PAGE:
Desiccant options continue to decline for dry beans

Use of chemicals on dry beans increasingly depends on requirements of end users

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Ontario dry bean growers continue to search for alternatives to use as a desiccant after buyers rejected the further use of glyphosate as a pre-harvest burndown in 2019.

Limitations on other chemicals are beginning to follow.

Why it matters: Farmers need to be vigilant on weed control with dry and edible beans as desiccant restrictions are creating limitations for pre-harvest options.

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“Sometimes it’s not just ‘is it legal to be used’, because that goes back to the Canadian label. It’s more what the dealer that you grow for allows,” says Mike Donnelll-Vanderloo, chair of the Ontario Bean Growers board of directors.

Maximum residue limits (MRLs) are causing further product restrictions.

Liberty cannot be used as a desiccant and glufosinate, found in Ignite, cannot be used on any beans other than Otebos.

“It’s not that (Ontario growers) are at a competitive disadvantage. Any other countries that are going into these markets are also asked to abide by these (same) rules.”

Changes to MRLs require careful product choices.

Donnelly-Vanderloo says that the Ontario Bean Growers are organizing a meeting with private and public researchers, as well as product dealers, to discuss which products are available for use.

“We’re finding that we’ve had some researchers that weren’t quite sure and actually a little surprised with some of the changes in which desiccants are allowed and which aren’t.”

There are four common pre-harvest treatments being used by Ontario bean growers that meet MRL specifications and meet food producer regulations.

  • Eragon and Merge for most beans grown in Ontario and for beans destined for seed production.
  • Eragon, Merge and Glyphosate are allowed on azuki beans only.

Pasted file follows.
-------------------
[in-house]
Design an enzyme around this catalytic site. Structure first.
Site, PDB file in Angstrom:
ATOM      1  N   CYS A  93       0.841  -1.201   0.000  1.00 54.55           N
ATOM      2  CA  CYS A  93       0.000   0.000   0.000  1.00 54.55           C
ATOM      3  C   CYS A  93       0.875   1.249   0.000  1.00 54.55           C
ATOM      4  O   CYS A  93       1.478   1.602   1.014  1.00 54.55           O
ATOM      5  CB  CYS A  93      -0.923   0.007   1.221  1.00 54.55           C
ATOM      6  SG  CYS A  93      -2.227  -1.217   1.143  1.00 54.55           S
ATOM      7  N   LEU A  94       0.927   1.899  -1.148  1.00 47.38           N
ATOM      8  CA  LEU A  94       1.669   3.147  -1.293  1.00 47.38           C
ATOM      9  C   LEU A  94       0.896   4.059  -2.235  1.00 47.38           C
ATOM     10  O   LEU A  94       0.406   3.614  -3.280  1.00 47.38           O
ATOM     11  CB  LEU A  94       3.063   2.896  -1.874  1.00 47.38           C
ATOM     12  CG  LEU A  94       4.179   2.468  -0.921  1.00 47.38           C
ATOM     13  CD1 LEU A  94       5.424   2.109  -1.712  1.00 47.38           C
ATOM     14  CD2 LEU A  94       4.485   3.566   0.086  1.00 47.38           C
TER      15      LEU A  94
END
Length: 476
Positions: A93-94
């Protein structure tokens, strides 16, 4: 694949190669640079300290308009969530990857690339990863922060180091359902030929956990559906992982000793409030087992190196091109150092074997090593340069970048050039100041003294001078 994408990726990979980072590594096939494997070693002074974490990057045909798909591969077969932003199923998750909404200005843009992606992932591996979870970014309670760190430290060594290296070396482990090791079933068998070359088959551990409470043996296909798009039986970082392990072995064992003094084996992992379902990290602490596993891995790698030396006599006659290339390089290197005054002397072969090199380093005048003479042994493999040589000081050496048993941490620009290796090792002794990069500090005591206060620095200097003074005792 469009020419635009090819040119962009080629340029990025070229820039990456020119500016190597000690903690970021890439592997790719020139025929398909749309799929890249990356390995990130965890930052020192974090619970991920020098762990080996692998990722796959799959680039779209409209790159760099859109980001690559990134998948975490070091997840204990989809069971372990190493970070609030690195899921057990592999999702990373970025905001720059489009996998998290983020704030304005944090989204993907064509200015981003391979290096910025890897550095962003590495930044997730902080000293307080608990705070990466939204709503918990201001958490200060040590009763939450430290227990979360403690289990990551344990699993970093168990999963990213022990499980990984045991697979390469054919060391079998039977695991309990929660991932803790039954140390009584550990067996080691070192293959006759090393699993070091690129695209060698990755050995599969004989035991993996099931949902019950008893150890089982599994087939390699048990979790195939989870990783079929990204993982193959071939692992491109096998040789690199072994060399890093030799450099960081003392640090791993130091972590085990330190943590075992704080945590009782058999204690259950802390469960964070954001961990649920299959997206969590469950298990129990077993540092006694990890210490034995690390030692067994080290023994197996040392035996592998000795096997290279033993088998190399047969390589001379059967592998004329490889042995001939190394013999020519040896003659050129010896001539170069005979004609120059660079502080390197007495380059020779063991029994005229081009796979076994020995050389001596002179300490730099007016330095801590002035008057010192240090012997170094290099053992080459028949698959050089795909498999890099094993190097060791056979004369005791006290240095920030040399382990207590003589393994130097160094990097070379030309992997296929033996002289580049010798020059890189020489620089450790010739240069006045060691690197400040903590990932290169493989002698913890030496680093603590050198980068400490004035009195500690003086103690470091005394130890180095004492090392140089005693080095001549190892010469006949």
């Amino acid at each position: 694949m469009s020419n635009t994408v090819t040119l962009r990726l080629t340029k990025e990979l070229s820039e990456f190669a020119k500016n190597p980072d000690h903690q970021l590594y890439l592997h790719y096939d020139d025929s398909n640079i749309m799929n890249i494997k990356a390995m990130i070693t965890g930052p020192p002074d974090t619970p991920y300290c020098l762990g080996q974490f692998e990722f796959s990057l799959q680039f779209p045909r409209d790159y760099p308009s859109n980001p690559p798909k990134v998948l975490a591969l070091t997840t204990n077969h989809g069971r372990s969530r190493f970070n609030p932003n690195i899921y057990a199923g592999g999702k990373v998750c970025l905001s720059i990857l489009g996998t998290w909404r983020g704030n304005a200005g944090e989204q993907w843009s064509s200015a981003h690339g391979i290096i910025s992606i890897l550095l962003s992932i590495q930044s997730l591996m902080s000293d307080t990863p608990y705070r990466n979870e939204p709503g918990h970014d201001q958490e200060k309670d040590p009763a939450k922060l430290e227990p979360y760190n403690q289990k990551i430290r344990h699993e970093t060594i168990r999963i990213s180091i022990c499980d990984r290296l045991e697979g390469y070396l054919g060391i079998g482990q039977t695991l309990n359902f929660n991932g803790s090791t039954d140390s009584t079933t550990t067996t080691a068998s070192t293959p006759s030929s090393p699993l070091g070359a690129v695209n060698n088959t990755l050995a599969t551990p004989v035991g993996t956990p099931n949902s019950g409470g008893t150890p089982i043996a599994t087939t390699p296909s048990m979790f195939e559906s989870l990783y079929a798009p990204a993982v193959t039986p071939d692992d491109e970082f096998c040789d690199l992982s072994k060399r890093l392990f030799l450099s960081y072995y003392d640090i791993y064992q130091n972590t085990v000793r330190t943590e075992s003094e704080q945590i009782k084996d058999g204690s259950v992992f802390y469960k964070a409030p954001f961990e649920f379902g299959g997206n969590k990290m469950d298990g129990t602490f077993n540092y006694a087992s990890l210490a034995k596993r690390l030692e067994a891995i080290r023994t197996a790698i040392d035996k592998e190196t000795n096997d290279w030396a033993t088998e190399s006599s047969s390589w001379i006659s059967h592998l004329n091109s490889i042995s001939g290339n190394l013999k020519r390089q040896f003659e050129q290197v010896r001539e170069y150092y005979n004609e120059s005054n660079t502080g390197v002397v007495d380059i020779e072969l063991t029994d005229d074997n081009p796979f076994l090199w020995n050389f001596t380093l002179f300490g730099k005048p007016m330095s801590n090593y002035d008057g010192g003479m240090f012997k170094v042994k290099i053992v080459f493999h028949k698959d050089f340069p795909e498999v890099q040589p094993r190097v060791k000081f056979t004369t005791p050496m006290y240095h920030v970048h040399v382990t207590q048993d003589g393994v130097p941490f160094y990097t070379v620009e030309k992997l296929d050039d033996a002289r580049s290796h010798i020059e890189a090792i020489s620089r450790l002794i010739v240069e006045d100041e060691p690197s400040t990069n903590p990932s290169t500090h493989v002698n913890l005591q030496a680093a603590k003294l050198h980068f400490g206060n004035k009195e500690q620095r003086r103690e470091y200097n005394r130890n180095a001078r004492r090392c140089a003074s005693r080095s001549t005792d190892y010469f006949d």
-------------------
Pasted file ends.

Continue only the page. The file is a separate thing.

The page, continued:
• Ignite is permitted on otebo beans only and Reglone, with a non-ionic surfactant, can only be used on beans for seed production.

The roundtable should also help to “fine tune” use of desiccants, says Donnelly-Vanderloo.

“We did lose Roundup and now we are really counting on them and some of them are weaker on certain weed species than others. This is where we are really counting on the chemical companies to give us good advice.”

Most of Ontario’s edible beans are grown under contract so growers should ask their dealers which products are allowed for the particular target market.

“It’s not one size fits all here. It’s a moving target, it does change year by year. It also varies by market class. It’s a very complex issue. It’s not nothing that can’t be overcome, but at the same token, (growers need to) be aware of what current regulations are and keep in touch with their dealer,” says Donnelly-Vanderloo.

He says growers need to rely less on desiccant and focus more on early-season weed control.

“We don’t have the luxury of having really good support from our desiccants anymore and harvest aids. There’s no substitute, especially now, for getting in that field early, scouting and spraying when the weeds are small.”

Major buyers of beans in Ontario didn’t want to be interviewed for this article, citing potential foreign market backlash.

About the author

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Jennifer Glenney

Jennifer is a farm reporter who lives in Cayuga, Ontario.

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